We agree and on the basis of the trial judge’s findings we would dismiss the claim …”

On the other hand, in that same year a more patient and didactic court in Newfoundland took an entirely different approach. In the 2005 decision in Simmonds v. Simmonds, the court considered the custody of a dog, and said:

“The dog caused me more of a problem and I was driven back to ancient sources, as will appear shortly, in analyzing the issue. The phrase “matrimonial assets” is defined in paragraph 18(1)(c) of the Family Law Act as including “… all real and personal property acquired by either or both spouses during the marriage, with the exception of …” None of the exceptions are relevant to this discussion”.

Personal property includes all property other than land, an interest in land or anything attached to it. Black’s Law Dictionary (6th Edition) divides personal property into (1) corporeal personal property, which includes movable and tangible things, such as animals, furniture, merchandise, etc.; and, (2) incorporeal personal property, which consists of such things as rights in personal annuities, stocks, shares, patents, and copyrights. (Underlining mine).

Halsbury’s Laws of England (3rd Edition) says that domestic animals, like other personal and movable chattels, are the subject of absolute property. The owner could maintain trover [an ancient remedy to recover the value of personal chattels wrongfully converted by another to his own use] for them, and retained his property in them if they strayed or were lost. Curiously enough a dog, though a domestic animal, was not the subject of larceny [theft] at common law. This was thought so because of the baseness of a dog’s nature but was more likely because the ancient punishment for felony [a crime of a grave or serious nature]6 was often quite extreme. The misperception of man’s “best friend” was not rectified by statute7 in England until 1916 but the harsh opinion about dogs had disappeared from popular thinking long before the legislature acted8.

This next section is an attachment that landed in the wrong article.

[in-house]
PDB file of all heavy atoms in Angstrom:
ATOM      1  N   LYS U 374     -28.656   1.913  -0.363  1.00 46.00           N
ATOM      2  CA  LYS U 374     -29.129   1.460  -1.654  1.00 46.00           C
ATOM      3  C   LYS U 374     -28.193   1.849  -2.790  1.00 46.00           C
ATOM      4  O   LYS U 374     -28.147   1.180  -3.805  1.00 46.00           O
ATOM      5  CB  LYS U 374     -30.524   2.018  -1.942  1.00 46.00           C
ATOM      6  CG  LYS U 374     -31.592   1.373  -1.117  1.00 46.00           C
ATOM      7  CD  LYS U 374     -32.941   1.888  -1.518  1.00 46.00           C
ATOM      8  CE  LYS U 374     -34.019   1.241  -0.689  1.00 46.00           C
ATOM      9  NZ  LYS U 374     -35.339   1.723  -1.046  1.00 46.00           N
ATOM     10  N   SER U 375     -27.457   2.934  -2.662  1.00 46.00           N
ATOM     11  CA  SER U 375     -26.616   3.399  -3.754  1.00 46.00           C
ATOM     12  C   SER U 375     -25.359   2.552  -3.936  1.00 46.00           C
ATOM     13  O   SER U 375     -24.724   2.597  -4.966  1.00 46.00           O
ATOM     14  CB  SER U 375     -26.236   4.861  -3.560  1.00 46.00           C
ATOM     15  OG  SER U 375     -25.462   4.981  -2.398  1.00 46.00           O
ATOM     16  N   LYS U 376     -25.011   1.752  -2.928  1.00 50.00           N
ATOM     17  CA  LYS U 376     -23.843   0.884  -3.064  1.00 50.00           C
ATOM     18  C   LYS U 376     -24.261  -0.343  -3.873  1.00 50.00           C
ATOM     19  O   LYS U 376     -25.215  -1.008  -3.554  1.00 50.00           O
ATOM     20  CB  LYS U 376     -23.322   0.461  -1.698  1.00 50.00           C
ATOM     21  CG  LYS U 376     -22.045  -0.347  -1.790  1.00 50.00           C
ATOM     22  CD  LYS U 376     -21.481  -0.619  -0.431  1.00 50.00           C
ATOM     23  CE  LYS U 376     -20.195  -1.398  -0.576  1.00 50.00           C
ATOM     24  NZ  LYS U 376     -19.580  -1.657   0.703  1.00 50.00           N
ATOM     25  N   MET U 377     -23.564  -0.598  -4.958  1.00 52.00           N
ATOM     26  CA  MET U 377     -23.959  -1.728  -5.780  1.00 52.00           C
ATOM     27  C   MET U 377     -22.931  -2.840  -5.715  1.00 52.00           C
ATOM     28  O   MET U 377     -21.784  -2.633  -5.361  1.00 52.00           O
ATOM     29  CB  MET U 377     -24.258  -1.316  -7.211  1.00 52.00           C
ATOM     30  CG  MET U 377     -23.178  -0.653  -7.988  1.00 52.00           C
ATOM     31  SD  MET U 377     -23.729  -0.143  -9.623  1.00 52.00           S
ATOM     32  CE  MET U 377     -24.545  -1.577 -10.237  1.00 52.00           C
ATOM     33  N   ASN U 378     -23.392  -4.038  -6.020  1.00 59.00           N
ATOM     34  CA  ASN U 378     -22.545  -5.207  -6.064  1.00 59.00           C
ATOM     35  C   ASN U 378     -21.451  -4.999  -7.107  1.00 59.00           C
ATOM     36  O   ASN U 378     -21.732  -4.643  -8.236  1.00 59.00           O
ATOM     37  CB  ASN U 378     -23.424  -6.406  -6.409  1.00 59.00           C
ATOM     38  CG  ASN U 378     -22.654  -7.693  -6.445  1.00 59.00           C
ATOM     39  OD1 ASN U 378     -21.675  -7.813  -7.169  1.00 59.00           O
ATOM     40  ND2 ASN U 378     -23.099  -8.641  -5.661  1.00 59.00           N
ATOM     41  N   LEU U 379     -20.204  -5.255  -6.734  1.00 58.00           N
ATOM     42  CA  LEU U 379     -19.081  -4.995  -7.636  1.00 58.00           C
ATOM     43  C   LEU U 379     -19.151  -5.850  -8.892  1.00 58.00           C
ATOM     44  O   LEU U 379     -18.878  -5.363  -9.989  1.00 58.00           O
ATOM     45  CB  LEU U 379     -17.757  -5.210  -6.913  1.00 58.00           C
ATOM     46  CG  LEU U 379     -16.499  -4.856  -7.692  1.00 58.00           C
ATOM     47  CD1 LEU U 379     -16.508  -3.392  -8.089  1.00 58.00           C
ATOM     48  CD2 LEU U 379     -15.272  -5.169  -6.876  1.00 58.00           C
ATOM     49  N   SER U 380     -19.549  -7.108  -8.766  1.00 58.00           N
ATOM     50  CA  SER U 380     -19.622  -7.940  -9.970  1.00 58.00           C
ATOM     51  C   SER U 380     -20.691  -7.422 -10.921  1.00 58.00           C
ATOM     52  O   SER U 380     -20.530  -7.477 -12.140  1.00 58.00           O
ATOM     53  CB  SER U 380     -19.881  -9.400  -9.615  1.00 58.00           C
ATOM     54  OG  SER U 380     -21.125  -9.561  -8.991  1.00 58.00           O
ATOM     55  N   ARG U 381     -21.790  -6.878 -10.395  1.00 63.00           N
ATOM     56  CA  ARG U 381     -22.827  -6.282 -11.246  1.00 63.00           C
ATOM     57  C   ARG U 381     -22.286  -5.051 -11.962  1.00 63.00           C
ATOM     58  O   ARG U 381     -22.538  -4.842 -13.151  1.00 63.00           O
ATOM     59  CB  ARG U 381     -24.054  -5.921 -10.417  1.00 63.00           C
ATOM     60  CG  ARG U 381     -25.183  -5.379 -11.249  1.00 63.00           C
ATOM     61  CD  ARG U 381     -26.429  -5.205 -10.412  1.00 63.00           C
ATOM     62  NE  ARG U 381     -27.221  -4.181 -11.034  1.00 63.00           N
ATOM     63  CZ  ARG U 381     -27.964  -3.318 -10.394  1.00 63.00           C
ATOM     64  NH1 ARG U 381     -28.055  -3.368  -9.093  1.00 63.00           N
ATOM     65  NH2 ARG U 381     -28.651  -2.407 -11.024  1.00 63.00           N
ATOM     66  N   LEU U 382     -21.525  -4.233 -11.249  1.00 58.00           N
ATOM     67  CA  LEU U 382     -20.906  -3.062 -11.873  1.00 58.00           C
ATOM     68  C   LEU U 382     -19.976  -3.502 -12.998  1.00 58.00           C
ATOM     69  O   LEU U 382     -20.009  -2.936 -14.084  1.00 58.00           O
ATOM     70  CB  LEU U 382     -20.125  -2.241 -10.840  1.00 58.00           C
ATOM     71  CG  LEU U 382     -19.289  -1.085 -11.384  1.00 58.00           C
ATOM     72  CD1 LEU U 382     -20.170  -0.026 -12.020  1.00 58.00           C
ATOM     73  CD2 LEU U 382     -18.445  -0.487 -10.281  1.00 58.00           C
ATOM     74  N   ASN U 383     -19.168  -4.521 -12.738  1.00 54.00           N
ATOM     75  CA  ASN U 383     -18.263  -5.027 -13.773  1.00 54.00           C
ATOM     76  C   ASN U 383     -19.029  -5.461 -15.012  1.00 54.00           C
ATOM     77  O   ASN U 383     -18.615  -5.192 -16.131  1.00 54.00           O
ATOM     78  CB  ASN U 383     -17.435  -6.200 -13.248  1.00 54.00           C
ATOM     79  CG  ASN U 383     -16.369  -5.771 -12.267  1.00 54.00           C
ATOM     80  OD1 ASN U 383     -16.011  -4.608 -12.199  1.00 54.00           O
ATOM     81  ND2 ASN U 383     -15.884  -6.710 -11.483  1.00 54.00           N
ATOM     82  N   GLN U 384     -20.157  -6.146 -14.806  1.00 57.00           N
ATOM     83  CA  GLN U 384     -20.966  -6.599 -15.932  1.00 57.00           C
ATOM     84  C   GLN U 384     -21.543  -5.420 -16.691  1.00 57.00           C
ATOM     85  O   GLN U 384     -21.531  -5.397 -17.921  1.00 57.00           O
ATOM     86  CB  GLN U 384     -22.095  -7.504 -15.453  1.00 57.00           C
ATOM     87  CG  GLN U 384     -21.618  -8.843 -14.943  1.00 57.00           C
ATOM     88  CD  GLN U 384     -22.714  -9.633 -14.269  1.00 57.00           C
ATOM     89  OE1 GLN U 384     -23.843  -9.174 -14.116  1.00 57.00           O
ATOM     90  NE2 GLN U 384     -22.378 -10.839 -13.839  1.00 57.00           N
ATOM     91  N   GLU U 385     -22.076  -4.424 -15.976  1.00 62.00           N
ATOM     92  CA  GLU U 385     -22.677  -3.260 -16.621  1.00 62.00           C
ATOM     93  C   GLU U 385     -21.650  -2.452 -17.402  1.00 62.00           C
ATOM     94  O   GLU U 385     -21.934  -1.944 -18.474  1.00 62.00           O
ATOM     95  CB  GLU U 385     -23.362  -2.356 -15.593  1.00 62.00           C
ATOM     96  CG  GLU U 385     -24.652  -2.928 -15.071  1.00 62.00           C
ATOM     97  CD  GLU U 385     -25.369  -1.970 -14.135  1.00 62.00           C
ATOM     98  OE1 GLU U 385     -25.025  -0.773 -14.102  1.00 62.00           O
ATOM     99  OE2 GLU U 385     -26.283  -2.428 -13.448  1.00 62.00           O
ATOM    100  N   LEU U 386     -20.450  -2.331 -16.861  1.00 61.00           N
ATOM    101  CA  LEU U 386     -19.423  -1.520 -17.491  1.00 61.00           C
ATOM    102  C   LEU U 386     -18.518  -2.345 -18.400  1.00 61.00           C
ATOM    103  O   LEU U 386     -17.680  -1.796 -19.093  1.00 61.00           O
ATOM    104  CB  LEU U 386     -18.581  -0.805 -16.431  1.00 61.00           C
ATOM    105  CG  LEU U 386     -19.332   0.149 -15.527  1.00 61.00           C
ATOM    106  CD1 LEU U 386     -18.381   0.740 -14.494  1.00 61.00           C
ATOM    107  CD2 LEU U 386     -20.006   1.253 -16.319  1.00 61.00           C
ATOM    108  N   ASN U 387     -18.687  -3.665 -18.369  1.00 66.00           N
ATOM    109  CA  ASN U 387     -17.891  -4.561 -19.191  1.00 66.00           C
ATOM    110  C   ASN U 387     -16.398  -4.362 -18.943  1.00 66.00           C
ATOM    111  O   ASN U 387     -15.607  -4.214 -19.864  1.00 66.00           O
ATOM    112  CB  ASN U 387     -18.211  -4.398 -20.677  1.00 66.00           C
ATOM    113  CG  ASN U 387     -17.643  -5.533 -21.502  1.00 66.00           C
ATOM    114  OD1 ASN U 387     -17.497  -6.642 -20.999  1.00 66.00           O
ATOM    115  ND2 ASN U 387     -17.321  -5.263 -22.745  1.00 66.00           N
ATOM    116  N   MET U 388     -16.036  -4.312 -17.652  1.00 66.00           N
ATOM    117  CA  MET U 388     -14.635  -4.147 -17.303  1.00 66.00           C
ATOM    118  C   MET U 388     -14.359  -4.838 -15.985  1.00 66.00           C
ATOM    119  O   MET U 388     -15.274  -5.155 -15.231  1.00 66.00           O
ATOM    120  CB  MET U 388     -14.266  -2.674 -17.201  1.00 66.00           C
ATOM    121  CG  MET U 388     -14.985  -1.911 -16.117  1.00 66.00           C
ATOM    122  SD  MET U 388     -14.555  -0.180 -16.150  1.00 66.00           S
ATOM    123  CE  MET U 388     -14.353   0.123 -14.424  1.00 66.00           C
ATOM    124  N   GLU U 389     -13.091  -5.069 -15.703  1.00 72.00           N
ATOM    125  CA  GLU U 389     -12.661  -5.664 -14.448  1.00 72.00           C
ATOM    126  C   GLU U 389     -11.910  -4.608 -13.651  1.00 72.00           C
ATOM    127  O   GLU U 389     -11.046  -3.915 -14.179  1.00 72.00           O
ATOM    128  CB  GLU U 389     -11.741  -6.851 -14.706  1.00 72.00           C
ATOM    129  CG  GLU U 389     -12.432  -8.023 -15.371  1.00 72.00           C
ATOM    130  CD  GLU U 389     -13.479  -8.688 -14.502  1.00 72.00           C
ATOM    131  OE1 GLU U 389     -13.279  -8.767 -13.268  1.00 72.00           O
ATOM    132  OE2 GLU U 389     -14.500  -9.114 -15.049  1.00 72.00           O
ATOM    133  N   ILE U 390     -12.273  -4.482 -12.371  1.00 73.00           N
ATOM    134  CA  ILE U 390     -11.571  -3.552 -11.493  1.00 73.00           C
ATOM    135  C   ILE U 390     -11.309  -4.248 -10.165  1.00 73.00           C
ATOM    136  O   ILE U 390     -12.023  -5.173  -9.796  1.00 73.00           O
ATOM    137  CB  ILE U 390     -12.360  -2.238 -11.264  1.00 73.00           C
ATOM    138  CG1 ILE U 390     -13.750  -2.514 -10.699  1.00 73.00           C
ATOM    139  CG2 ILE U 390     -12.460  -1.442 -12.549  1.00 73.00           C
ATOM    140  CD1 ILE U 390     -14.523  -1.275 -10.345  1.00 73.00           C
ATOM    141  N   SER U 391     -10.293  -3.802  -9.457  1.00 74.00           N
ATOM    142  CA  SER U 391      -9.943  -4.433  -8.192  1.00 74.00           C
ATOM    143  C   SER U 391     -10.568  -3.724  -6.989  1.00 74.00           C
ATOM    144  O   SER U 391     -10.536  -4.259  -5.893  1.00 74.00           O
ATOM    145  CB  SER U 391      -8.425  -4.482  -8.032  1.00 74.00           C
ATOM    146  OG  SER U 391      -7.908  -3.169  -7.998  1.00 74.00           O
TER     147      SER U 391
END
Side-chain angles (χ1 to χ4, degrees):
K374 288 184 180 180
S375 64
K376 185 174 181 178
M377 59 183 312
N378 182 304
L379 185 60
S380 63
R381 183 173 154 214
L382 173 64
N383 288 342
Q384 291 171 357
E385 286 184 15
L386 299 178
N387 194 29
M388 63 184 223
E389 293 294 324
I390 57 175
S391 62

The dog in this case is a Labrador retriever that the Applicant bought in 1999 for $50. The dog lived with the parties while they were together and moved to Canning’s Cove with the Applicant after they separated and then to Sunnyside when he moved there to the house that he shares with his new partner now. The Applicant has been responsible for the dog in the interim and has paid the costs of its maintenance and care. I am sure that both parties and their children have become quite attached to the animal but the issue has been put and it must be resolved.

The dog is a matrimonial asset but it is, without being facetious, indivisible. The Applicant has had that dog continuously since separation and may retain it. The Applicant shall pay an amount up to $50, which I am told was the cost of the present dog, for another dog of the same or another breed satisfactory to the Respondent, if she requires it.”

Notwithstanding the fact that courts are sometimes willing to resolve pet custody disputes, it is probably best for separating couples to spare the cost and aggravation by coming to terms on their own, with the help of their lawyers. At Russell Alexander, Family Lawyers our focus is exclusively family law, offering pre-separation legal advice and assisting clients with family related issues including: custody and access, separation agreements, child and spousal support, division of family property, paternity disputes, and enforcement of court orders. For more information, visit www.RussellAlexander.com

For the full text of the decisions, see:

Torok v. Torok (1983), 44 O.R. (2d) 118 (S.C.J. (Master))

Grimalyuk v. Concelos, [2007] O.J. No. 214 (S.C.J.)  http://bit.ly/oDnsXS

Warnica v. Gering, [2005] O.J. No. 3655 (C.A.) http://bit.ly/rfXJTD

Simmonds v. Simmonds, [2005] N.J. No. 144